Psychology, Ph.D. (Ithaca)
Field of Study
Research facilities include: special rooms for research in problems of perception and cognition; a social-psychology laboratory equipped for experimental and observational studies; electrophysiological, histological, and chemical laboratories; surgery facilities; facilities for the maintenance and behavioral study of vertebrate and invertebrate laboratory animals; darkrooms and shops; an audiovisual studio equipped for the study of teaching; laboratory computers and interacting terminals with the capacity to control equipment in experiments and to do online processing and complex data analyses; and other specialized facilities, both on campus and at various off-campus locations.
Students develop an independent program of study in consultation with their Special Committee. The three primary members of the Special Committee must be chosen by the end of the first year; students are encouraged to select at least one member (not the chairperson) from a field other than psychology. The Director of Graduate Studies appoints a fourth member, whose function is to ensure that the student obtains adequate breadth of training.
The Special Committee oversees requirements that are established by the field. Current requirements include a first-year review and annual meetings of the Special Committee to review the student's progress; a research paper completed by the end of the first year and an oral report of the research presented to a meeting of students and faculty members; a one-year course in statistics and experimental design; at least ten hours a week of supervised teaching experience for at least two semesters; the Admission to Candidacy examination, which should be taken by the end of the third year (a Graduate School requirement); a written dissertation proposal, which must be accepted at a meeting of the Special Committee called for that purpose; and the doctoral dissertation itself with a final examination on the dissertation (Graduate School requirements).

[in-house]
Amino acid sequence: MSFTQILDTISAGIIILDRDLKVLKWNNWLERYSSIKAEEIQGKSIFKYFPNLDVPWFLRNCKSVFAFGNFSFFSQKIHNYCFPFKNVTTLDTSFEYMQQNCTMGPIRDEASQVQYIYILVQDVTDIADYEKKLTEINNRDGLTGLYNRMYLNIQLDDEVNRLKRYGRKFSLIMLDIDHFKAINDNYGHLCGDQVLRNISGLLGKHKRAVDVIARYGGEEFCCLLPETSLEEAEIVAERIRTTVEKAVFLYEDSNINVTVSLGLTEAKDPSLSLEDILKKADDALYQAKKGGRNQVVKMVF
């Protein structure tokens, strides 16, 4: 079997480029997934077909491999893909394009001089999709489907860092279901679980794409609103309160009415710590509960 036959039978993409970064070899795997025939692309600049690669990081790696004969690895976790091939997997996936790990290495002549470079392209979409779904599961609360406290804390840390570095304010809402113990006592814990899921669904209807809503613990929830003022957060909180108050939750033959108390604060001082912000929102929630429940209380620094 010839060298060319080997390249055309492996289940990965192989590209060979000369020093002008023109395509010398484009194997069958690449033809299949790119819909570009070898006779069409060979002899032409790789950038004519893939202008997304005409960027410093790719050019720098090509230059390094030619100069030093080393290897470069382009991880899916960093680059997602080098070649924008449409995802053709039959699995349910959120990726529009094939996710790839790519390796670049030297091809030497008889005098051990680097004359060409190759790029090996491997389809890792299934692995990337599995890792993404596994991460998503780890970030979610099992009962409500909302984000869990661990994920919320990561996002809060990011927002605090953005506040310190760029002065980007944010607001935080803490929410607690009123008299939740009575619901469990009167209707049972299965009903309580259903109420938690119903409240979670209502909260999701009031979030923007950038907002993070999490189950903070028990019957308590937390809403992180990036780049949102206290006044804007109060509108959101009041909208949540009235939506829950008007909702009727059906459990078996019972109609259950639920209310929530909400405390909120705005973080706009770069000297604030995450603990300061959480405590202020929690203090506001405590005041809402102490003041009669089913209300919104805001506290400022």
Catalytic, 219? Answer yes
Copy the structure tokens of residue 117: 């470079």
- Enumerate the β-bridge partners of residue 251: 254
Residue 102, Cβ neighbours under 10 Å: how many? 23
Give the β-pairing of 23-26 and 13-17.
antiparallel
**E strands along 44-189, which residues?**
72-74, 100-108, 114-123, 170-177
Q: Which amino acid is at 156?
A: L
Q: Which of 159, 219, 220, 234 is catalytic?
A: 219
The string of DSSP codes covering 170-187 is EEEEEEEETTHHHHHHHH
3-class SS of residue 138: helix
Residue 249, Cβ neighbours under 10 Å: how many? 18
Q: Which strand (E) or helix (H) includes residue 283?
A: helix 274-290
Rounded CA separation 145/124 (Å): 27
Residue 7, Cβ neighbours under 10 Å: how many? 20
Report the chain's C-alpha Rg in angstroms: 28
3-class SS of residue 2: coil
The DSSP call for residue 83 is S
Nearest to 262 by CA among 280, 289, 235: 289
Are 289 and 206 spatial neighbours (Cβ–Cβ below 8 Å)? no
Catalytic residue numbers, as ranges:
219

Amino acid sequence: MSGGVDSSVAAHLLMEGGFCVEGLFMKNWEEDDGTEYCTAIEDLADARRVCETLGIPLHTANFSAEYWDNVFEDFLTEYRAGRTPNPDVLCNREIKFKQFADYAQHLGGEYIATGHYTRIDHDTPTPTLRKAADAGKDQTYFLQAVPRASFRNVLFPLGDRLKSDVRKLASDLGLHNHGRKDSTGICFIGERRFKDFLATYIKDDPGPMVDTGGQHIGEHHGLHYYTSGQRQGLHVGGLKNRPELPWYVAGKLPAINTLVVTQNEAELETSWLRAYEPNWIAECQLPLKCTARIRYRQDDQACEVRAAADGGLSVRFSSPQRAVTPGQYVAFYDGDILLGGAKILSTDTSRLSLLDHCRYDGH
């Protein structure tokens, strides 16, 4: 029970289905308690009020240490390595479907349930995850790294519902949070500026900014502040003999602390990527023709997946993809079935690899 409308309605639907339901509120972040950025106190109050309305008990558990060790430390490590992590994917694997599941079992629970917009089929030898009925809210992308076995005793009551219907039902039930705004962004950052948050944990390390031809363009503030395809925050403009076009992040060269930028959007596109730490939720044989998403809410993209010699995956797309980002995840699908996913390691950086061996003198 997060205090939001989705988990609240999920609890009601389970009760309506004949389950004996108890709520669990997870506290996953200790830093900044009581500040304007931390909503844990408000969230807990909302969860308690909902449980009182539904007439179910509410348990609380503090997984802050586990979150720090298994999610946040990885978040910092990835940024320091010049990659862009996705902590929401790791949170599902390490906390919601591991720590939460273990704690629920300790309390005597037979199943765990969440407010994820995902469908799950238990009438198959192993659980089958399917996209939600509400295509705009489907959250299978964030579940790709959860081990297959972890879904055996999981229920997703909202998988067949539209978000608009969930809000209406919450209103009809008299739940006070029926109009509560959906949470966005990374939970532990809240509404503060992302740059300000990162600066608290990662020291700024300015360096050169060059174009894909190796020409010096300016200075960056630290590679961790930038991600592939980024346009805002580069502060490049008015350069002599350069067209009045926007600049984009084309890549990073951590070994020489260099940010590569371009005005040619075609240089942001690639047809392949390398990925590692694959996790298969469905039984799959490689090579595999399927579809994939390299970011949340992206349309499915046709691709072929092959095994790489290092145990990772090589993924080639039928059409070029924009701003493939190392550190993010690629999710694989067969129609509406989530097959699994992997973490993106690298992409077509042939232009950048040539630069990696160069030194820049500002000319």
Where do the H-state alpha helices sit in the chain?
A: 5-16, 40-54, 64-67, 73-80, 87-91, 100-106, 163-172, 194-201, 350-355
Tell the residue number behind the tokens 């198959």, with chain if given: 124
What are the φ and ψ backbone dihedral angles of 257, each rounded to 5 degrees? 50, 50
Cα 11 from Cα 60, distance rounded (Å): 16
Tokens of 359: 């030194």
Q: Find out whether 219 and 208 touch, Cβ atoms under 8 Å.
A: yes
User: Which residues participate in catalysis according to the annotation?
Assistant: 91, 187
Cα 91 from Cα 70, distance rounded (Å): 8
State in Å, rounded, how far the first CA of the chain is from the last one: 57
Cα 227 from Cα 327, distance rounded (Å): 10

Concentrations by Subject
- behavorial and evolutionary neuroscience
- perception, cognition and development
- social and personality psychology
Application Requirements and Deadlines
Fall, Dec 15
Only applicants seeking the Ph.D. degree are accepted. Applicants must submit GRE general test scores in addition to transcripts of the undergraduate record, three letters of recommendation, and a personal statement of interests. Applicants are not required to submit scores on the GRE subject test in psychology, or to have had an undergraduate major in psychology. Prior research experience is highly desirable; applicants may submit research reports or work. The closing date for applications is December 15. Persons whose primary interests lie in clinical, counseling, industrial, or school psychology should not apply.
- all Graduate School Requirements, including the TOEFL Exam for Non-Native English Applicants
- three recommendations
- GRE general test
In the course of studying for and completing a PhD in the field of Psychology, students will work toward mastering a broad understanding of causes of behavior, with a particular emphasis within at least one of our three areas of study: Social and Personality (S&P), Perception, Cognition and Development (PCD), and Behavioral and Evolutionary Neuroscience (BEN). Our faculty members have interests that go from influences on behavior in a social context, to neural mechanisms of learning, to evolution of brain capacities for particular behaviors. The major goals of our graduate program are for our students to appreciate the questions and approaches of those in the department outside their specific interests, and for them to become experts in their own chosen domain. We provide a variety of means for students to achieve these goals, from area and department research discussion and speakers, to repeated required presentations on their own research.
Each student’s course of study is determined in consultation with his or her committee, to remedy gaps in academic background, to determine a study focus and to gain needed knowledge for pursuing that focus. This is typical of many graduate programs at Cornell. Within this tailored and flexible format, though, all our students are expected to attain excellence in qualities related to excellence in research inquiry. These include 1) self-directed learning and mastery of the appropriate literature in the student’s subfield; 2) integration of the current state of knowledge to formulate contemporary and important research questions; 3) learning relevant data collection skills; 4) acquisition of appropriate statistical skills to design rigorous experiments and derive strong conclusions using careful analysis; and 5) mastering effective communication skills in written, spoken and presentation contexts.